10 May, 2010Issue 12.2Politics & SocietyWorld Politics

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Hillary’s Travels

Rahul Prabhakar

© Penguin Books Ltd.

When Hillary Clinton stood on the stage of the Democratic National Convention in Denver on 26 August 2008, she exhorted her spirited party and a rapt country to “keep going!” She meant that the country should elect Barack Obama as its next president. America did. And with her unexpected appointment as the 67th US secretary of state, Clinton has kept going, too. In her first 15 months, she travelled nearly 300,000 miles to 54 countries over 127 days. She has redefined the State Department in ways small and big. The staid seventh floor of Foggy Bottom has been jazzed up with eclectic modern art, while, overnight, the State Department has become the fulcrum for a new beginning in American foreign policy.

Her agenda is stacked: Islamist extremism, Iraq withdrawal, Afghanistan surge, Iranian nuclear proliferation, Israeli-Palestinian relations, the global economic crisis, US-China tensions, US-Russia “restart”, and renewal of the transatlantic alliance. Not to mention climate change and development. Sometimes the agenda is waylaid by horrific events like the Haiti earthquake. Other times it is pleasantly distracted, as it was by her daughter Chelsea’s engagement. Clinton’s “smart power” has been put to the test, the institutional influence of the State Department challenged, and the seeds of her legacy planted.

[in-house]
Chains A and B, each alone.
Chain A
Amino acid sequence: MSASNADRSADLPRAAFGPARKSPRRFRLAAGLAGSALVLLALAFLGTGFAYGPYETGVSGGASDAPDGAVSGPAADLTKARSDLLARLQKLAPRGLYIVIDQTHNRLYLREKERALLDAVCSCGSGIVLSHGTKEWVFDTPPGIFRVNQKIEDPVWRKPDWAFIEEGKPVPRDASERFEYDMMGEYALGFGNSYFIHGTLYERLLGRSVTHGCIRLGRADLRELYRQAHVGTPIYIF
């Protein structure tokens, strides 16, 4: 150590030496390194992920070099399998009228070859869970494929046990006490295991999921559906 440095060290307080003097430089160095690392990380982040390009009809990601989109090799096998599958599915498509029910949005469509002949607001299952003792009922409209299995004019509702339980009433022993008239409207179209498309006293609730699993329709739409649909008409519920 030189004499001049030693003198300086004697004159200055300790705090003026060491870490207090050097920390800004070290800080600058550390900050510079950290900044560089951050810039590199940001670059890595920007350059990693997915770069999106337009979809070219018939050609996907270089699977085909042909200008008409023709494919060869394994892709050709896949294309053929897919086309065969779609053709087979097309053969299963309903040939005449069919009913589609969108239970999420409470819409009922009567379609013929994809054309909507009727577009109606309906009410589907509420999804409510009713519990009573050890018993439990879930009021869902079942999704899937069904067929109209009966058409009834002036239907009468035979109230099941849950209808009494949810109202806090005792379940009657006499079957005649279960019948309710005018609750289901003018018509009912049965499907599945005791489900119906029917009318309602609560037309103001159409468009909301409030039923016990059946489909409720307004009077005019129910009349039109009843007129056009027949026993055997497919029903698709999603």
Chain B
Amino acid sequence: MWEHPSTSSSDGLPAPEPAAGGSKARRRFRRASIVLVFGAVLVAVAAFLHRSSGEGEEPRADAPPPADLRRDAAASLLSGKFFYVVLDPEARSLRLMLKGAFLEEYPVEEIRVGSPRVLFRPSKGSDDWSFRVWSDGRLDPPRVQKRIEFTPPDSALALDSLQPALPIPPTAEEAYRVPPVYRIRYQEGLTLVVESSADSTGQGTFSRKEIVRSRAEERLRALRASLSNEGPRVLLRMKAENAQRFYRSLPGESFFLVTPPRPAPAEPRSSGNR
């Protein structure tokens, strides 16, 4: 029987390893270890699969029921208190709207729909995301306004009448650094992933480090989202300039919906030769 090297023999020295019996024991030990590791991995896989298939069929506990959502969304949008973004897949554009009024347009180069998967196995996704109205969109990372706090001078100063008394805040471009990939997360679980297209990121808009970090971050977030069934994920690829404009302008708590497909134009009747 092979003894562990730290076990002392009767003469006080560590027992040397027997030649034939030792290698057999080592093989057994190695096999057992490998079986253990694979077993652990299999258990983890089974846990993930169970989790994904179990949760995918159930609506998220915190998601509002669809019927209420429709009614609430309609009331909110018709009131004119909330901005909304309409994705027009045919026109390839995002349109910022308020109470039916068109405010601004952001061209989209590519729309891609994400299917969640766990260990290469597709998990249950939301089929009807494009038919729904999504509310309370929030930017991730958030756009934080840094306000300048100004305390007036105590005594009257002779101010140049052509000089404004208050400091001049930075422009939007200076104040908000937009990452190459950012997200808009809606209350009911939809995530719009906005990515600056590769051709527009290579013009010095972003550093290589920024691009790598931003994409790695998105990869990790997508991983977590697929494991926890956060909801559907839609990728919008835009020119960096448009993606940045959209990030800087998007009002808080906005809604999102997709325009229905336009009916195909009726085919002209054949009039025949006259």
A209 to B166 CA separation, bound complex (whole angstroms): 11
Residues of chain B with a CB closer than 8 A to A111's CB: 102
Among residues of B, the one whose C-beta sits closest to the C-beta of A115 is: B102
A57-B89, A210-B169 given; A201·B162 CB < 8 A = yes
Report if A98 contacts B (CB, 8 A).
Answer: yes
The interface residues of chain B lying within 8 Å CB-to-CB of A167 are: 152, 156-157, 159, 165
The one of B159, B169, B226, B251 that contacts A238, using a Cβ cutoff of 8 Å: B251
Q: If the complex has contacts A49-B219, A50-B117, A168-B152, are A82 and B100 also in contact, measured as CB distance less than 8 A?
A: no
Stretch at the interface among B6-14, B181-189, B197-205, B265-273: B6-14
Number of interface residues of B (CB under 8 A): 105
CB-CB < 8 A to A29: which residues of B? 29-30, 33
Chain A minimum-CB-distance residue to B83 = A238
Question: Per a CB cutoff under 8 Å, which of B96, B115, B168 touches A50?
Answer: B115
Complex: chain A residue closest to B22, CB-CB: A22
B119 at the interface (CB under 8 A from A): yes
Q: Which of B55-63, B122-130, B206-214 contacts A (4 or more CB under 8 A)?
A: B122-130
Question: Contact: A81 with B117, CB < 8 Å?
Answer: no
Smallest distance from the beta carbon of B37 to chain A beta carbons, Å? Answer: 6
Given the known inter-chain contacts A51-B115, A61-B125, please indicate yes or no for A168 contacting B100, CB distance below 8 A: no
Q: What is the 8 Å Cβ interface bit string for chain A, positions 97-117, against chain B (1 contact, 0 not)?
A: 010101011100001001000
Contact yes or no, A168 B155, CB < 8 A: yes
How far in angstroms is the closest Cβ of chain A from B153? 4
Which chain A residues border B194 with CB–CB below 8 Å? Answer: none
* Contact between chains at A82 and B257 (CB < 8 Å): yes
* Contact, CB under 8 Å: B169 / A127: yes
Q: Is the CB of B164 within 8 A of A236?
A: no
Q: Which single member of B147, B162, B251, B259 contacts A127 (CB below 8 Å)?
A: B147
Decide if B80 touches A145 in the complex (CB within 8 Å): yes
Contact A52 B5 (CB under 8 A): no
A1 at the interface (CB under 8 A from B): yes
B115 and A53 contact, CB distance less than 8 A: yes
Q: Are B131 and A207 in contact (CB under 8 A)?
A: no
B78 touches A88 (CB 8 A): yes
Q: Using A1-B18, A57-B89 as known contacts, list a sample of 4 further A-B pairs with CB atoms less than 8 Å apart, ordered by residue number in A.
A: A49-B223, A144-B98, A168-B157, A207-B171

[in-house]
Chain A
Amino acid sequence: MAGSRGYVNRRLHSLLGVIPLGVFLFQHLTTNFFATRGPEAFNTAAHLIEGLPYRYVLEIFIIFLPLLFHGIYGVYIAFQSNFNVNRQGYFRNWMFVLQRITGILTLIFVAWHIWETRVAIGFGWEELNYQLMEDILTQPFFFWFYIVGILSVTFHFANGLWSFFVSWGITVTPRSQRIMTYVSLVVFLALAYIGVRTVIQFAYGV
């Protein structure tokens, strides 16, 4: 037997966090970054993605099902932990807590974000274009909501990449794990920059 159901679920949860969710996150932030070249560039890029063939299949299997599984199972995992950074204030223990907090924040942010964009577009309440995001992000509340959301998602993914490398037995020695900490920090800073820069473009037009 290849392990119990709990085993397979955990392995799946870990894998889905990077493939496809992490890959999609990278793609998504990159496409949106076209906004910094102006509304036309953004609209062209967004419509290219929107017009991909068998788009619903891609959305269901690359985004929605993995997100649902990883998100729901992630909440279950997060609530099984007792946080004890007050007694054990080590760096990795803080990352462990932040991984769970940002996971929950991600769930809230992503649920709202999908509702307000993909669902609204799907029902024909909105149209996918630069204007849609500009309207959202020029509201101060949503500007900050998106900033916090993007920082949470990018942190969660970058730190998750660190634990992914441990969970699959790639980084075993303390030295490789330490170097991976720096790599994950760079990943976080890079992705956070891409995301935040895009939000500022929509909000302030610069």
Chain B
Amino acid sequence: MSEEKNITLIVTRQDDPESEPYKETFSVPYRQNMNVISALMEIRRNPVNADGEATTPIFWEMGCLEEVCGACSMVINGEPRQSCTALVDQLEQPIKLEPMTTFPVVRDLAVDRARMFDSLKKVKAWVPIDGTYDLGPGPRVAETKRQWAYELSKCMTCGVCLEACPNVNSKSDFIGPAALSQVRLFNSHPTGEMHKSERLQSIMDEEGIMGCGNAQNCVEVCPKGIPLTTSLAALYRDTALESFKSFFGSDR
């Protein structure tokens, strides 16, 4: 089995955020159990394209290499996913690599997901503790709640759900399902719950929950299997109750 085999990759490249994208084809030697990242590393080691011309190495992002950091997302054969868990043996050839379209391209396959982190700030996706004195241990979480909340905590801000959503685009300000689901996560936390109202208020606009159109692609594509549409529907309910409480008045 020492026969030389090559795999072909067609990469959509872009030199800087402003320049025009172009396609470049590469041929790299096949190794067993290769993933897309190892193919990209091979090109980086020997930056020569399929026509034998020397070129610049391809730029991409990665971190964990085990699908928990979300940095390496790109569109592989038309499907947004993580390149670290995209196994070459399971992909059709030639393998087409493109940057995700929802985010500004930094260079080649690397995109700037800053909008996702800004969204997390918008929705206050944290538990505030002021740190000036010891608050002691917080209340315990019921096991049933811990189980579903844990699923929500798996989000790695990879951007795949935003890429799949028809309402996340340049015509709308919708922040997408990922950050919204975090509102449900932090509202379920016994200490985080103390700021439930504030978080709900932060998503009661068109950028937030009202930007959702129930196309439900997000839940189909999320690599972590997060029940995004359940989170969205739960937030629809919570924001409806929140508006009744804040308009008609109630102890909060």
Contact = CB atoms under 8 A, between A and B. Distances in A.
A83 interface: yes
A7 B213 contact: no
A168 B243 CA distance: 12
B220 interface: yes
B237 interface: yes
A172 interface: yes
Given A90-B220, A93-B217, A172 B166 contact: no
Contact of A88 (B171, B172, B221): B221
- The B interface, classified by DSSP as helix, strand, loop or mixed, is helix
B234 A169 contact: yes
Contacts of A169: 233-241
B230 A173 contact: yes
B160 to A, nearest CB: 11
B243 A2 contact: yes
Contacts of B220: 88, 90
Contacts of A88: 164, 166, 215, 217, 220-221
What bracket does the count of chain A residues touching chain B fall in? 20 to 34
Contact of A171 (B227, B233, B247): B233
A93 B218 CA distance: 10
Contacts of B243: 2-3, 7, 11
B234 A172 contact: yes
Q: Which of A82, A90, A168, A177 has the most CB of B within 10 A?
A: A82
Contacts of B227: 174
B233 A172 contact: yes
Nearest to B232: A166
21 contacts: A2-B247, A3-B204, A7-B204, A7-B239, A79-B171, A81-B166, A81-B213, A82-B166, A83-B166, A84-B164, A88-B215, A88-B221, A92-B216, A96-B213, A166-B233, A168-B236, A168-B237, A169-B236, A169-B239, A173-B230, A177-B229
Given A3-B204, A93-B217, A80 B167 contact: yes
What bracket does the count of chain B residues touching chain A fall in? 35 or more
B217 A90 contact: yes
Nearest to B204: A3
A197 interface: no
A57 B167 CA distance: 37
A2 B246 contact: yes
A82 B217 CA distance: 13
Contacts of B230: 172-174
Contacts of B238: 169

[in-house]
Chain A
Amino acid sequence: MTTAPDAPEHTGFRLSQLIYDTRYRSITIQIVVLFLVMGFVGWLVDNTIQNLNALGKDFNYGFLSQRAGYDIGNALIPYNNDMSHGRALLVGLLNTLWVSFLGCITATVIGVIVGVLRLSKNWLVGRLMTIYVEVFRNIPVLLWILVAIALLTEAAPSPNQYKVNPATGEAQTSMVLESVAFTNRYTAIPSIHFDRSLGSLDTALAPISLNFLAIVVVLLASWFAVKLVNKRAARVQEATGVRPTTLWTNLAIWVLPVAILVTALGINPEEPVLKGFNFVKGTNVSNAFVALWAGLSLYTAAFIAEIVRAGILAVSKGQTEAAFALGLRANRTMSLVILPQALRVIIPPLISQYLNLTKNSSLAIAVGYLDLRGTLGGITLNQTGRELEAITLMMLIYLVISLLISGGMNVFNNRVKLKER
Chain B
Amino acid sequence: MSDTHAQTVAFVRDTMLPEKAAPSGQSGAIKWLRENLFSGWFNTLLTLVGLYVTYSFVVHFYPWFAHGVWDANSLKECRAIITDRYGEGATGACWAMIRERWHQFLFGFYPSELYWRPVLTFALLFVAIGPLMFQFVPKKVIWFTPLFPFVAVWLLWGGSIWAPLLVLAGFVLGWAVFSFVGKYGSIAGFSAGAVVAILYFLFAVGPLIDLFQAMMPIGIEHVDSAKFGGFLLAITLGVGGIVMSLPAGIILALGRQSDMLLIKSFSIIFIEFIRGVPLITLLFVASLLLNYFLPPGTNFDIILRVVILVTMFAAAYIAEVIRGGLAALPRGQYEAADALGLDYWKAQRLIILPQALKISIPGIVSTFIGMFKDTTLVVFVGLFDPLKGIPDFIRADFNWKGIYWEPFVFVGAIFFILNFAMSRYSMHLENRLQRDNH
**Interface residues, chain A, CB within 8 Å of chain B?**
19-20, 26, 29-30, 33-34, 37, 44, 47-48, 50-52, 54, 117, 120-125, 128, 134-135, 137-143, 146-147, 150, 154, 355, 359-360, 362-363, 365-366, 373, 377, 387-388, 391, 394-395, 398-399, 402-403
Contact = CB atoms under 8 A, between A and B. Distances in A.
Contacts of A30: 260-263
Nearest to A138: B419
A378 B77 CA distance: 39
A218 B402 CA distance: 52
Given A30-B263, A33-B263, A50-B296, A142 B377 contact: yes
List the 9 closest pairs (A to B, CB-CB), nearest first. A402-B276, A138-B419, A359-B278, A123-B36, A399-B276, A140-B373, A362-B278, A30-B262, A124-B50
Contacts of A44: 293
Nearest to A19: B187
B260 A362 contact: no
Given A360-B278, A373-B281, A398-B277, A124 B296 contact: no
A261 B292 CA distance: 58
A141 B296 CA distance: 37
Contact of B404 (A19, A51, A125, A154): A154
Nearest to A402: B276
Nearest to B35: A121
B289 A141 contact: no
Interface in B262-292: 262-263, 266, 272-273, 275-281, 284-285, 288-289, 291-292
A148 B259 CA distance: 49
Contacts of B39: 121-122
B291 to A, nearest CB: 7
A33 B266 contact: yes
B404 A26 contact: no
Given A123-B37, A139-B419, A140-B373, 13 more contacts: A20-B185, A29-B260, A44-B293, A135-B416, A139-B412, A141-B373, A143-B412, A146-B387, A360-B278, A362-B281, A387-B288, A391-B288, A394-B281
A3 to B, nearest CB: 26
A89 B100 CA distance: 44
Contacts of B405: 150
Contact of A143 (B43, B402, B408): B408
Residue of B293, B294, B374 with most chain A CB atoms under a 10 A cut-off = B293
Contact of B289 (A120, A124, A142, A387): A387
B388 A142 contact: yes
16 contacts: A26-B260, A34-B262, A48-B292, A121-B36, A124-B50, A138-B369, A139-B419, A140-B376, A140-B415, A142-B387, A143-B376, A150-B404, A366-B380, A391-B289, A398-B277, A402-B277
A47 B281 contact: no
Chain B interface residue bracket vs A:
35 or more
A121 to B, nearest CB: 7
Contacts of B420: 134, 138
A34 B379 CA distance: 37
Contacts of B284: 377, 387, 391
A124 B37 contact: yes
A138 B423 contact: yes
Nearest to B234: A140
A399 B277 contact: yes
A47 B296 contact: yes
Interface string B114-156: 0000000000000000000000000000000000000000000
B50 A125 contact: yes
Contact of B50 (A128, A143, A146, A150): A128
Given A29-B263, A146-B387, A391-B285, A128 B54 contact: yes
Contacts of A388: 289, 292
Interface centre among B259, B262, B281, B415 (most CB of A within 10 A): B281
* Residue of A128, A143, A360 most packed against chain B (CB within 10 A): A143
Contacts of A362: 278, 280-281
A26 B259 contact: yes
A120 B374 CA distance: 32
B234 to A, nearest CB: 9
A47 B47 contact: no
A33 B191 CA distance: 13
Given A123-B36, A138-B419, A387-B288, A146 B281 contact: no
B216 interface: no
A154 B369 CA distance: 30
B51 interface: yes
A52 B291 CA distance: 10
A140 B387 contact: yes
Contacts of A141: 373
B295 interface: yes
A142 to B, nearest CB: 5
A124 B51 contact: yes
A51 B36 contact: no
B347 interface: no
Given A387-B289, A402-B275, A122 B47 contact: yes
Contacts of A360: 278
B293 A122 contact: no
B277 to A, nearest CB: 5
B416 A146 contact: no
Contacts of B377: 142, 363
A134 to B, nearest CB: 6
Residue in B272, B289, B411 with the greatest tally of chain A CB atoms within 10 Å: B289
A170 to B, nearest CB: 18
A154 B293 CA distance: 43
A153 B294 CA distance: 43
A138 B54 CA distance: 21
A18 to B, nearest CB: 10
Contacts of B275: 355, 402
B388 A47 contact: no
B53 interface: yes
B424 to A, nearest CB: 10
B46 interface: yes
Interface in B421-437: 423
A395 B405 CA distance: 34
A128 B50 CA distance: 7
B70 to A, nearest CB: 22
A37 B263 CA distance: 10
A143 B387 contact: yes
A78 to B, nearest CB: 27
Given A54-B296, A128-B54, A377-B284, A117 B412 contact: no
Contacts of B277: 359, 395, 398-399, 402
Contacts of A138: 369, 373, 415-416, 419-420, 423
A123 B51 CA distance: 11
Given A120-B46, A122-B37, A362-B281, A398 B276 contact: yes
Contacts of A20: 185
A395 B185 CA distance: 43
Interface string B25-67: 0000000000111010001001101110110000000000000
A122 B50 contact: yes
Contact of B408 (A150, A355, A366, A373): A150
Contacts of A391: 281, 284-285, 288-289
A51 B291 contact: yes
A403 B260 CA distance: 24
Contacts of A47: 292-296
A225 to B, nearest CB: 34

The first 15 months have seen the potential of and challenges to Clinton’s integrative foreign policy—smart power. As academic Joseph Nye explains, smart power is “the combination of…the soft power of engagement” and “the hard power of sanctions”, where “soft power” takes presumptive priority. Clinton and her advisers believe in the value of engagement with international institutions, from the UN Security Council to the G-20, as a way of legitimising and empowering diplomacy with adversaries, acquaintances, and friends. This foreign policy appears so pragmatic—how could anyone be against using institutional leverage or seeking a re-start with rankled friends and adversaries?—because it has so subsumed ideology: a liberal vision of a globalised world where problems are overcome or contained not through naïve optimism, but through American-led institutions, military and civilian creativity, and the setting of standards for global justice through a focus on the development of poorer countries. To critics, it seems like a hodge-podge of liberal institutionalist hooey ultimately overridden by realpolitik. To its practitioners, it is what foreign policy should be about: successful problem-solving as the best indication of a nation’s power.